Contact: National Governors Association, 444 North Capitol Street, Suite 267, Washington, DC 20001-1512, Telephone: (202) 624-5300 Secondary Telephone: Fax: (202) 624-5313 E-mail: webmaster@nga.org Web Site: http://www.nga.org Available from the website.

Keywords: Costs, Data analysis, Data collection, Dental sealants, Fluorides, Health care delivery, Interventions, Oral health, Preventive health services, Primary care, Quality assurance, Water, Work force

Vanderbilt Evidence Based Practice Center. 2014. Smoking cessation interventions in pregnancy and postpartum care. Rockville, MD: U.S. Agency for Healthcare Research and Quality, 88 pp., exec. summ. (12 pp.). (Evidence report/technology assessment; no. 214)

Association of Maternal and Child Health Programs. 2014. Connecting the dots to improve birth outcomes: Key considerations and recommendations from a national meeting. Washington, DC: Association of Maternal and Child Health Programs, 32 pp.

U.S. Preventive Services Task Force. 2014. Drug use, illicit: Primary care interventions for children and adolescents. Rockville, MD: U.S. Preventive Services Task Force, multiple items.

Center for Mental Health in Schools. 2014. Education leaders' guide to transforming student and learning supports. Los Angeles, CA: Center for Mental Health in Schools, 26 pp.

Patlak M, rapporteur; Institute of Medicine, Forum on Promoting Children's Cognitive Affective, and Behavioral Health; National Research Council, Division on Behavioral and Social Sciences and Education. 2014. Strategies for scaling effective family-focused preventive interventions to promote children's cognitive, affective, and behavioral health: Workshop summary. Washington, DC: National Academies Press, 120 pp.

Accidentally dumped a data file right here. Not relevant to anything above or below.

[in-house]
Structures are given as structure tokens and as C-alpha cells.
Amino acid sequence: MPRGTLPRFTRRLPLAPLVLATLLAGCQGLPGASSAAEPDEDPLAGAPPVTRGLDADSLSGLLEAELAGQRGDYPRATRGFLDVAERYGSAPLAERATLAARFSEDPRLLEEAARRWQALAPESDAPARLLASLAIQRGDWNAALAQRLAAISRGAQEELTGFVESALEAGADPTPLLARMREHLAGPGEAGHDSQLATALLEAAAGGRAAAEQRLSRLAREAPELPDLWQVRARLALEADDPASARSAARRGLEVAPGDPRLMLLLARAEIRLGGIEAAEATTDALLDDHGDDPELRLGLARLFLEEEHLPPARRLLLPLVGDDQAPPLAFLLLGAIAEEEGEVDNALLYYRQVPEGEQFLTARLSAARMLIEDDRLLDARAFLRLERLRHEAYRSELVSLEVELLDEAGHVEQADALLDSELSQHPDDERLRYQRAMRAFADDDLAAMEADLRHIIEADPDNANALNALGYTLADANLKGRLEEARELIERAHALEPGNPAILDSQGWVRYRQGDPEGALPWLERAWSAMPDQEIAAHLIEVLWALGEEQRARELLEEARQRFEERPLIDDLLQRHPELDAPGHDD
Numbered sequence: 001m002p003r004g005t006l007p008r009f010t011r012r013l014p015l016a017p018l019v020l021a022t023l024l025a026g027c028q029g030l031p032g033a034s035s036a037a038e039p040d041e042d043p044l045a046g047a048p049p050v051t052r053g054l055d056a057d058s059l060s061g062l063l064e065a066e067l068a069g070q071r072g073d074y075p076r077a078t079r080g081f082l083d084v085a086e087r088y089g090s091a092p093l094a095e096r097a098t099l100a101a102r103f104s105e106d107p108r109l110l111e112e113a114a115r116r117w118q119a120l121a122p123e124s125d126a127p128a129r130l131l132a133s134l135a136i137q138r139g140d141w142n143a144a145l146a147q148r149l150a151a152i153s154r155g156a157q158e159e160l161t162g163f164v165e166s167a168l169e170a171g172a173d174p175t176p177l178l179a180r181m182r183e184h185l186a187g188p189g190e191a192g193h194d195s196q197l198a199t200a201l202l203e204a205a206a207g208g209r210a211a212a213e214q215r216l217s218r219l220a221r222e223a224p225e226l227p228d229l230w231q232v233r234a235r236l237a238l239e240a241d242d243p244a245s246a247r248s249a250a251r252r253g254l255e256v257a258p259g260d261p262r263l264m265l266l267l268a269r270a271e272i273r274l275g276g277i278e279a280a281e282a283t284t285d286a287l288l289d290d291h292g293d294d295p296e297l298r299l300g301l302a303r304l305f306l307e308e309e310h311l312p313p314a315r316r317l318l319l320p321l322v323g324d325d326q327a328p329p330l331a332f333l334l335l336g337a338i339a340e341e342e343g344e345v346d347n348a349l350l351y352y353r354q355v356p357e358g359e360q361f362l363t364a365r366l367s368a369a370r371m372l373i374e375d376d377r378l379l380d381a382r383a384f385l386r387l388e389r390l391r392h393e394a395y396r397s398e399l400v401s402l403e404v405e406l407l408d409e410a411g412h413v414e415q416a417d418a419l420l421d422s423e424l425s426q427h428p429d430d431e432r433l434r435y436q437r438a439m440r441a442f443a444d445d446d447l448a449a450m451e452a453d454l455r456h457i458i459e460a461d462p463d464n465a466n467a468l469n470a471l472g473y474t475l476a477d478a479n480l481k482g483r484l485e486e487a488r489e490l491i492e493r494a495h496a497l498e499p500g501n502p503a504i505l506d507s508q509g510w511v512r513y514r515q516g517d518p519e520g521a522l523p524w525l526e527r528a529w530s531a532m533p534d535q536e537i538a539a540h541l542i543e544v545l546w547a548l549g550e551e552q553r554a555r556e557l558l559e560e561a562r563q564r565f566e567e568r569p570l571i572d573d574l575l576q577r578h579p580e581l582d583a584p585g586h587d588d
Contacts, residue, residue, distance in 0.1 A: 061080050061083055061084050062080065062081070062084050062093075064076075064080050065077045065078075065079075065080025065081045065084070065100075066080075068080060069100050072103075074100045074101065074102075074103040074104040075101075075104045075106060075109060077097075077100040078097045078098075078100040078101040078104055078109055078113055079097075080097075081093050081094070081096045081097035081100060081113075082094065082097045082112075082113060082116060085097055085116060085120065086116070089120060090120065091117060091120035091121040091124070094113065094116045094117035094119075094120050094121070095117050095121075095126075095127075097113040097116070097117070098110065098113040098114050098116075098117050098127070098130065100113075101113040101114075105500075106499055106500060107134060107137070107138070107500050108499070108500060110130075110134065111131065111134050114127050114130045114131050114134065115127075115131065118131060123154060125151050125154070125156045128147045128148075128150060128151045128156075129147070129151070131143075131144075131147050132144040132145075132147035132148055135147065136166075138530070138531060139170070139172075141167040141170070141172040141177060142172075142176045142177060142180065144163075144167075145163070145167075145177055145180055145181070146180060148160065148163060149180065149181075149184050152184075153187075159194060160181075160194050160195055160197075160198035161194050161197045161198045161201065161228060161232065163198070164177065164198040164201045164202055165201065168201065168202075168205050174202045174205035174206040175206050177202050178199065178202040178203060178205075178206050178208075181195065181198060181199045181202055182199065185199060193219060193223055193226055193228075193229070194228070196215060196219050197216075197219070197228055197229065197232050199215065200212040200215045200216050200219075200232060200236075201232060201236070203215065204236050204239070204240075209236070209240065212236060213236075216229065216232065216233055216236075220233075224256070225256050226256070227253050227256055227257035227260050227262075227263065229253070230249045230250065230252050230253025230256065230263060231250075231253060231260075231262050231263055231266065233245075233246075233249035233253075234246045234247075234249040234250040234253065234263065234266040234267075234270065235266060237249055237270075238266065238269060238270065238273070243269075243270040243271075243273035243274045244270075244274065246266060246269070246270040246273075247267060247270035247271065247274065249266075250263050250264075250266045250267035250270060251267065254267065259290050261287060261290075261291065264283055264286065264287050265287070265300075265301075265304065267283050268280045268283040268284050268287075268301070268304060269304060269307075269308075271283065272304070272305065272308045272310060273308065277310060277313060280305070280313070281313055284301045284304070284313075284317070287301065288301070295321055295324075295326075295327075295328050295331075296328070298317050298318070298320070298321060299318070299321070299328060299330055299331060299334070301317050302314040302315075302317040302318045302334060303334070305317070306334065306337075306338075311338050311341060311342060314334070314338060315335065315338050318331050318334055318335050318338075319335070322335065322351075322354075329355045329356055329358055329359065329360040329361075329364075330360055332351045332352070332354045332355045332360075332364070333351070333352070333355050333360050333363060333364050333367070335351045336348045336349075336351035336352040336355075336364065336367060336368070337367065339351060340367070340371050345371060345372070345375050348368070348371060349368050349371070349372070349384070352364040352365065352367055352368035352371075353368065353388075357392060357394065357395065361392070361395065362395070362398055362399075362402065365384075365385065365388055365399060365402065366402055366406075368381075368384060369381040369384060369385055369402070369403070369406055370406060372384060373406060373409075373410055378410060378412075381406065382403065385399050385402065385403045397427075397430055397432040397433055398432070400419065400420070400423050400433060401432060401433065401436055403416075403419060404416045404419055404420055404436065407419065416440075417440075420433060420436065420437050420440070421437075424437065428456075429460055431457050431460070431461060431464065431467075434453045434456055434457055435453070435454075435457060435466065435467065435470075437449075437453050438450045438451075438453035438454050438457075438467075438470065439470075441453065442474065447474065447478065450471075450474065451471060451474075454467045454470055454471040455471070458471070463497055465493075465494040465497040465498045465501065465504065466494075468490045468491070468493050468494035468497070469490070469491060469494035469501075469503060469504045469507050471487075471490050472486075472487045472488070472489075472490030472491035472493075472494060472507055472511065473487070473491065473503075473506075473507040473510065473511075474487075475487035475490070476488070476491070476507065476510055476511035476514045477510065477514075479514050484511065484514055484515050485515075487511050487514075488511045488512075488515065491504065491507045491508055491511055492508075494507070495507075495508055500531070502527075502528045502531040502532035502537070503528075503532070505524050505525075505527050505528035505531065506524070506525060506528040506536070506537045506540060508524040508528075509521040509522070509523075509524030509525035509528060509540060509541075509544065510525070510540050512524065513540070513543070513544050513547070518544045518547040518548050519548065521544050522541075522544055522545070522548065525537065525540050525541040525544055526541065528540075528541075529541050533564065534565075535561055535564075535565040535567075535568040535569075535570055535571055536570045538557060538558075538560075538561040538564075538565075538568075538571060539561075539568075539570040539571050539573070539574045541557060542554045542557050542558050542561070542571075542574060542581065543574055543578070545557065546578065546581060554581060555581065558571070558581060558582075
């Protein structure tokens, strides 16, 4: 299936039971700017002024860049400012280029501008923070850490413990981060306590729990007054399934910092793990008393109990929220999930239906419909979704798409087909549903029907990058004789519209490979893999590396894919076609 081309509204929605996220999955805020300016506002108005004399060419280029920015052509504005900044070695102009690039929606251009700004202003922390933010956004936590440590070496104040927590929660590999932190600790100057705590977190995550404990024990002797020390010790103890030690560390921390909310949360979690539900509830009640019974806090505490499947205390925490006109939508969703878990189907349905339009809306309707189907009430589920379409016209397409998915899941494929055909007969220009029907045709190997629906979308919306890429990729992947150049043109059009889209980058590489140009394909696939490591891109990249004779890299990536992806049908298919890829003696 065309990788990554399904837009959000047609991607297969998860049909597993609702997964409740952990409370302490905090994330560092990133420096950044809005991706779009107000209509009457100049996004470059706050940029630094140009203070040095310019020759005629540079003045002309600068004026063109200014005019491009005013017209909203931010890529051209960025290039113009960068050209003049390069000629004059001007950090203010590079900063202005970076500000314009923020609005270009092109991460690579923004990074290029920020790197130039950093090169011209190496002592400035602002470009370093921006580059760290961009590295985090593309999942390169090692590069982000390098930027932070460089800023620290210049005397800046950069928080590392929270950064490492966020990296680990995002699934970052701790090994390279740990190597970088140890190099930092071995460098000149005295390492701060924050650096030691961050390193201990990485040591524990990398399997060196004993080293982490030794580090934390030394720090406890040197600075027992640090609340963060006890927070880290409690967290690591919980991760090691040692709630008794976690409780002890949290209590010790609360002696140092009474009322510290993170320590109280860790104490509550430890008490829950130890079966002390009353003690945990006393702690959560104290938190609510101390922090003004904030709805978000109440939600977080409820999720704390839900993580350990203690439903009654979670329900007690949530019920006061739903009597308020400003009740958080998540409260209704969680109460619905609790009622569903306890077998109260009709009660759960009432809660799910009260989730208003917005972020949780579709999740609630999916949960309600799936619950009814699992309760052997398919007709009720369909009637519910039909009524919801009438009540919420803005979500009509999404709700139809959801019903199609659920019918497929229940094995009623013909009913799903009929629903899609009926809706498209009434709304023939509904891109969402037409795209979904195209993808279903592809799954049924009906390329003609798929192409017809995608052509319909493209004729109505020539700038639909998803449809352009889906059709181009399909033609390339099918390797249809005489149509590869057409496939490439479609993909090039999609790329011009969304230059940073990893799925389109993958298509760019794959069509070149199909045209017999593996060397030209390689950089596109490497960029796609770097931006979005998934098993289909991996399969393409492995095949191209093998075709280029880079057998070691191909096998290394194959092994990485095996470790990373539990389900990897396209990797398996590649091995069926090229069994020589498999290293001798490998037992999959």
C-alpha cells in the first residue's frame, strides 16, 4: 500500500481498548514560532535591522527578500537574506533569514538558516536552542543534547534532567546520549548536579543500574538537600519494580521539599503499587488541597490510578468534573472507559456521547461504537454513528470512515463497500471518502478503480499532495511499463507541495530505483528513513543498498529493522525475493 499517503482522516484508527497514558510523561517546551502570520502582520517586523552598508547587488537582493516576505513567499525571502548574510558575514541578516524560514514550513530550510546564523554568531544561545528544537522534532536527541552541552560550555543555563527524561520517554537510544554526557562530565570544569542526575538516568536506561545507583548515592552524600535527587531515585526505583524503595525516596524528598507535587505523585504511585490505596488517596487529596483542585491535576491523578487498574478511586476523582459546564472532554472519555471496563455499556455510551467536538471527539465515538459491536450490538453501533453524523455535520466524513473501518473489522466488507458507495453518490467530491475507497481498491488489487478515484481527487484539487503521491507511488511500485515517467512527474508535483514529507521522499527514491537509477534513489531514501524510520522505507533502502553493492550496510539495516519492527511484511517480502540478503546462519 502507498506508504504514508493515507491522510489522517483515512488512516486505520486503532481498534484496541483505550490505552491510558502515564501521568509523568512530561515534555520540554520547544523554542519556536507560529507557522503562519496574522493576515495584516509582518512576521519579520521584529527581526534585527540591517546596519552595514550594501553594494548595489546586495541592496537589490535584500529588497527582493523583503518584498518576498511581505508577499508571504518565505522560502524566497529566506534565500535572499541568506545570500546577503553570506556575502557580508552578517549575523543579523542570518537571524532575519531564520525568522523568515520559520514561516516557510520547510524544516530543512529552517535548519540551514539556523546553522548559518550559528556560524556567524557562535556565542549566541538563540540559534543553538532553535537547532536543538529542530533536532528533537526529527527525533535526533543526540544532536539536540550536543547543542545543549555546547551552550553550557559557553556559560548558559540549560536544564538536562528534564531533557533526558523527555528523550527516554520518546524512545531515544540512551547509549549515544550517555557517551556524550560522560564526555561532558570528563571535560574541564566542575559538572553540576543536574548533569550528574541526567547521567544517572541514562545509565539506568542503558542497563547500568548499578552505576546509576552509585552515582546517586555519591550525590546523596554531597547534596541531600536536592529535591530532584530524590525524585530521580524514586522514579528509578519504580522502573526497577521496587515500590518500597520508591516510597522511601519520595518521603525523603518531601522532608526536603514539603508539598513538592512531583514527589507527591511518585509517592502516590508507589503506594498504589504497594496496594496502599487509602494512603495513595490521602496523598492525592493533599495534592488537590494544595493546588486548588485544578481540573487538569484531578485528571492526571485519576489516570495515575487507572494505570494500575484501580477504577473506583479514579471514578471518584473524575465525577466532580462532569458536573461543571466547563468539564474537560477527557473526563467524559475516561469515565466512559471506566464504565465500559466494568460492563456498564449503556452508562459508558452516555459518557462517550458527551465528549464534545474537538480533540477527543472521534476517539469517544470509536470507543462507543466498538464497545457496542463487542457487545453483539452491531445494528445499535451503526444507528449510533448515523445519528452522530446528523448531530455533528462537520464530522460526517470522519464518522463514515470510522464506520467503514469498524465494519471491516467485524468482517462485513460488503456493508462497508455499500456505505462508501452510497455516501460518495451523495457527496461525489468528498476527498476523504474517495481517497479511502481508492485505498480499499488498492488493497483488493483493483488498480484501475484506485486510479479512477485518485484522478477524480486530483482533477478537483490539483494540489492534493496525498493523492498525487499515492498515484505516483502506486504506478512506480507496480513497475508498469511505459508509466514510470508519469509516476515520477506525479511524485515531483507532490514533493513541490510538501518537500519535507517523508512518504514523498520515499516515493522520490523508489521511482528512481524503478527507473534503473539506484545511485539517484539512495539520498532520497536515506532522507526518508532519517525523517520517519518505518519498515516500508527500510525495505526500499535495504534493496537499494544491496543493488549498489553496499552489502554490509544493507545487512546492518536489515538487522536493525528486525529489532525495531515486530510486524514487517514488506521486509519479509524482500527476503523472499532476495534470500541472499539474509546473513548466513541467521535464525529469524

Sontag-Padilla L, Schultz D, Reynolds KA, Lovejoy SL, Firth R. 2013. Maternal depression: Implications for systems serving mother and child. Santa Monica, CA: Rand, 8 pp.

Annotation: This brief highlights evidence on the impact of maternal depression on the mother and child as it relates to the public-sector systems that serve them and discusses potential short- and long-term cost implications. This brief describes a supplemental component of the Helping Families Raise Healthy Children initiative implemented in Allegheny County, Pennsylvania, which successfully implements depression screening in early intervention, develops cross-system referral processes, engages caregivers in services, and increases local capacity for providing relationship-based services by addressing many of the barriers identified in earlier stages of the collaborative’s work.

Contact: Rand Corporation, 1776 Main Street, Santa Monica, CA 90407-3208, Telephone: (310) 393-0411 Fax: 310-393-4818 E-mail: correspondence@rand.org Web Site: http://www.rand.org Available from the website.

Keywords: Case studies, Early interventions services, Local initiatives, Maternal mental health, Mother child relations, Pennsylvania, Postpartum depression

National Center for the Review and Prevention of Child Deaths. (2012). Child injury prevention tool: Selecting best practices. Okemos, MI: National Center for the Review and Prevention of Child Deaths,